message: Start early, don't get trapped
If in doubt,
take them out. What you may find, and suggestions as to what
- Bolt cutters, wire
cutters, hammers, gloves.
trained to load
- Do what you know. Bring
ropes, whips, flags, extra people.
- Do not tranquilize
unless you are qualified.
- If you can't get them in
a reasonable length of time, leave them. It has to be
like triage. Get the ones you can.
- Send stock trailers if
possible for horses not trained to load, then load
through a gate from a pen, stall, panels, or in a
- Make a note of time,
place, anything else pertinent and keep moving.
being indecisive about going
- Hugs, reassurance, leave
your phone number and get the horses out. .Better safe
danger/consequences of road closures, trees across
halters/leads, no extra ropes
- Bring as many as you
can, different sizes.
phones, land lines overloaded
- Try to stay off phones.
Get all info in first call. Write everything down.
away from phones
- Make a whole plan, share
all contact info when you first talk to them.
- Take maps even if you
know the area. It s going to look very different, and
usual routes may not be available.
- DON'T go in if you
aren't sure you can get out. Fire engines won't even do
- It's probably worse than
you think. Take particle masks, inhalers if you've ever
used one, and just don't go if you asthma or any other
- Take LOTS of water,
snacks, toilet paper, first aid supplies, flashlights,
good boots and gloves, extra glasses, fully gassed
vehicles. You may need to be out there a lot longer than
anticipated. Emergency mode makes us ignore our own
needs, but this could go on for many days. We need to
take care of ourselves to be able to be of service
Dress appropriately in gloves, boots and long pants.
Wear cotton if possible, avoid synthetic if you're
anywhere near the fire area.
- Don't go to haul horses
unless you know exactly where you are going. TAKE MAPS.
- Tell looky loos to go
- Drive slowly and
carefully no matter what is going on.
- Don't go alone.
- Take flashlights, sharp
knife, twitch, animal first aid supplies, pillow cases
or burlap bags for small animals, extra collars and
leashes for dogs, animal marking crayons, polaroid or
disposable camera, notebook and pens, MAPS.
Identification, record keeping
- There may be animals
that end up in big groups, or to places with many, even
hundreds of animals. Don t think you ll recognize them
for sure. They should be marked with livestock crayon,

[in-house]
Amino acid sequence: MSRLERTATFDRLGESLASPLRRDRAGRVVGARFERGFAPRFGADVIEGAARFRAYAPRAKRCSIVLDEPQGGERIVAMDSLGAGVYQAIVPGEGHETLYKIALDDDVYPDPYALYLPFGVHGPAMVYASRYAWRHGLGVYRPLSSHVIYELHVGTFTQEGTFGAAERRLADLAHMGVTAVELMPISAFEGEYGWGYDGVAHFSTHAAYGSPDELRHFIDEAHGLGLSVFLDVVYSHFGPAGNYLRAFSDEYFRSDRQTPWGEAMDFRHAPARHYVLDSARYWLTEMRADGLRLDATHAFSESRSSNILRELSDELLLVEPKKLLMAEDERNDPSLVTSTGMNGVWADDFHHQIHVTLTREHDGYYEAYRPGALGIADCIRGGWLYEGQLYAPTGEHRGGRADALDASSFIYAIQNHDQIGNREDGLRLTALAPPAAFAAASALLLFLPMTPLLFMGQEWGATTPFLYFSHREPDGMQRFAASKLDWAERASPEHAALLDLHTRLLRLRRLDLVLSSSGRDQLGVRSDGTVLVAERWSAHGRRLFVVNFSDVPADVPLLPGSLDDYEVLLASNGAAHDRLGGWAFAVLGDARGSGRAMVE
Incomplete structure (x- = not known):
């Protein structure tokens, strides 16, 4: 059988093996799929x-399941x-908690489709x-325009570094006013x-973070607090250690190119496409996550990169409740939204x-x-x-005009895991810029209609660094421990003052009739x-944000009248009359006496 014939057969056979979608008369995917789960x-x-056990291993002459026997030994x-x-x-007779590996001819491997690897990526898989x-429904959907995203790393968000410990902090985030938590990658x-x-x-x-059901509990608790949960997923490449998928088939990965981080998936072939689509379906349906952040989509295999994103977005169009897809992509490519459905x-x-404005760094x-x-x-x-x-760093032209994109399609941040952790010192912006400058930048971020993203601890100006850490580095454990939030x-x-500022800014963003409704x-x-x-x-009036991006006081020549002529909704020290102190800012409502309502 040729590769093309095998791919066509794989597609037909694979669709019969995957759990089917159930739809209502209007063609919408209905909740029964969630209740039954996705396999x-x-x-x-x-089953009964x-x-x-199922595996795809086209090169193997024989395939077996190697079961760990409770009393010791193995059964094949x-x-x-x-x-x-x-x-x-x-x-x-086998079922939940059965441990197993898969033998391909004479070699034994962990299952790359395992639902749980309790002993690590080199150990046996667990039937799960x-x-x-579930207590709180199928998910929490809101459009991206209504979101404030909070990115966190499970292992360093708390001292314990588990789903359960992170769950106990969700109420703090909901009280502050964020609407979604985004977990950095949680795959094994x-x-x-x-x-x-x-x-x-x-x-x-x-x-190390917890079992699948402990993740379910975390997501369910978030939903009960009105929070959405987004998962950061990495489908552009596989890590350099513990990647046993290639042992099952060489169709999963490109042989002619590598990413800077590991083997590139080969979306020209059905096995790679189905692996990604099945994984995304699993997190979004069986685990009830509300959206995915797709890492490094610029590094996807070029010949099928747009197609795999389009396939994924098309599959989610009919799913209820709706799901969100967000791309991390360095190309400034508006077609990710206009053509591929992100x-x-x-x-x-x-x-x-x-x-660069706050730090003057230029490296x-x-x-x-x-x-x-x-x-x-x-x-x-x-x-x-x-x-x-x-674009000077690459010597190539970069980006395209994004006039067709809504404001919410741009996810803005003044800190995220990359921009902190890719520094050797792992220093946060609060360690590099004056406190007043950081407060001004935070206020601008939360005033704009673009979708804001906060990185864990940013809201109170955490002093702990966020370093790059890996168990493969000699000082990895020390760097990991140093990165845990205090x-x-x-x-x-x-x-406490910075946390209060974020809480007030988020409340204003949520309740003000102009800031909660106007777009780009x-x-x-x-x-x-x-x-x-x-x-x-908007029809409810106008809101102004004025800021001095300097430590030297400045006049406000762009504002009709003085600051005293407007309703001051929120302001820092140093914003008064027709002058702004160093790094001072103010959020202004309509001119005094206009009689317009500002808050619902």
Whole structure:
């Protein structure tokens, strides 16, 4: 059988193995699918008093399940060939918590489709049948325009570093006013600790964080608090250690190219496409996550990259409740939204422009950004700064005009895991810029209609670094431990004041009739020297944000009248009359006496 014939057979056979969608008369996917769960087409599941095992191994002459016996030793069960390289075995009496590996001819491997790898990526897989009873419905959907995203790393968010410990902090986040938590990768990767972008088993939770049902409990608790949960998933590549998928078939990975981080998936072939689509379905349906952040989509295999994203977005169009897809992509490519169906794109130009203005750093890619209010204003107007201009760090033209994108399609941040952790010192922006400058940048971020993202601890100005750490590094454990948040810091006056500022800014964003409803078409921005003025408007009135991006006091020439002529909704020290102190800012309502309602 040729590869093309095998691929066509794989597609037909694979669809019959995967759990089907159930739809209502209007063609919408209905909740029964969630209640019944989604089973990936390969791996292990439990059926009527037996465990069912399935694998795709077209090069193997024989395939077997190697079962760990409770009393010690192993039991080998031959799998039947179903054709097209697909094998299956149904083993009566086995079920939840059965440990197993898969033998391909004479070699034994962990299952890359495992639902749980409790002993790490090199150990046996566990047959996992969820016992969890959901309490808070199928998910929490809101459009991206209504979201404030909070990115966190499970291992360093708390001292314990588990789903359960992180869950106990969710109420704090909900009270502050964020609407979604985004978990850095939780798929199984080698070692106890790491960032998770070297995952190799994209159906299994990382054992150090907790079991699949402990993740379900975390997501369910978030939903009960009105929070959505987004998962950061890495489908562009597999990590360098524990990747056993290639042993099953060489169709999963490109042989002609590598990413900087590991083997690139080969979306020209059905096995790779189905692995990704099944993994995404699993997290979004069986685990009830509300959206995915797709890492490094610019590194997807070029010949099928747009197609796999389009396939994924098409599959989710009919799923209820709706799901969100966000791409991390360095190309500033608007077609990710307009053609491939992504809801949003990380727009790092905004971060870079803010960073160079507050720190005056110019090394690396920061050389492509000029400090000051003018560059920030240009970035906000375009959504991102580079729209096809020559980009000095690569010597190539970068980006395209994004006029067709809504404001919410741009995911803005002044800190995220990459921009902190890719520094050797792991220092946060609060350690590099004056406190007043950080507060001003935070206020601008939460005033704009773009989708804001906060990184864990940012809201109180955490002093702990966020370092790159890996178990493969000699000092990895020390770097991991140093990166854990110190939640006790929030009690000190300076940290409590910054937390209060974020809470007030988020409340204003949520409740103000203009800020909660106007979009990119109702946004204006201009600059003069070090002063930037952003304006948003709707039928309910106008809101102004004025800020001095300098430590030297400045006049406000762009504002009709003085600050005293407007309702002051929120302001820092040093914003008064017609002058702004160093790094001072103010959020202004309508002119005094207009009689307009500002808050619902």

like for endurance rides, available at many feed
- You can attach tags to
halters (shouldn't be left on if at all possible), or
braid tags into forelocks, top part of mane, or top part
- Spray paint can be used
in an emergency, maybe a phone number.
- Keep a notebook with
where the animal came from, a thorough description (look
under lips and manes for tatoos and freeze brands), any
notations about injuries, or special care needs, and
where the animals went.
- Take digital or
disposable camera pictures from the front and both sides
- Many people here who
went to haul livestock ended up moving small animals,
too. Take sturdy crates if possible, pillow cases or
burlap bags are fine.
- Cats especially need to
stay very carefully confined; many were lost here.
Better to be uncomfortable for a few days than lost
forever! They will need to be kept somewhere cool and
shaded, and offered water frequently.
- Kennels at homes are
great for dogs. Stalls work well, too, if they
definitely can't get out.
- ID small animals
- Take muzzles if you have them, or
use gauze if necessary to make a figure eight around the
muzzle, crossing under the jaw and tie at the top of the
head behind the ears. Remove as soon as possible and
keep dogs cool.
- People housing animals
may need stall cleaning help, supplies, buckets, feed,
- Try to examine and temp
anything that looks sick, isolate if possible.
- There may be many
helpful groups of volunteers - be sure they are
supervised properly to prevent accidents and escapes.
- As early as possible,
make things clear between owners and people housing
animals. Unfortunately there were big board bills
presented by some barn owners to evacuees after it was
all over. Make sure expectations are clear and upfront.
The great majority of people here were extremely
generous and helpful during the emergency.
Bless you all and take good
care. These thoughts and ideas came from many people who
helped with animal evacuations in southern Oregon during the
Rebecca Highlander is a
free-lance author living in southern Oregon who has written
numerous articles on horse handling and other subjects of
interest to horse owners. For more information, please
contact Rebecca at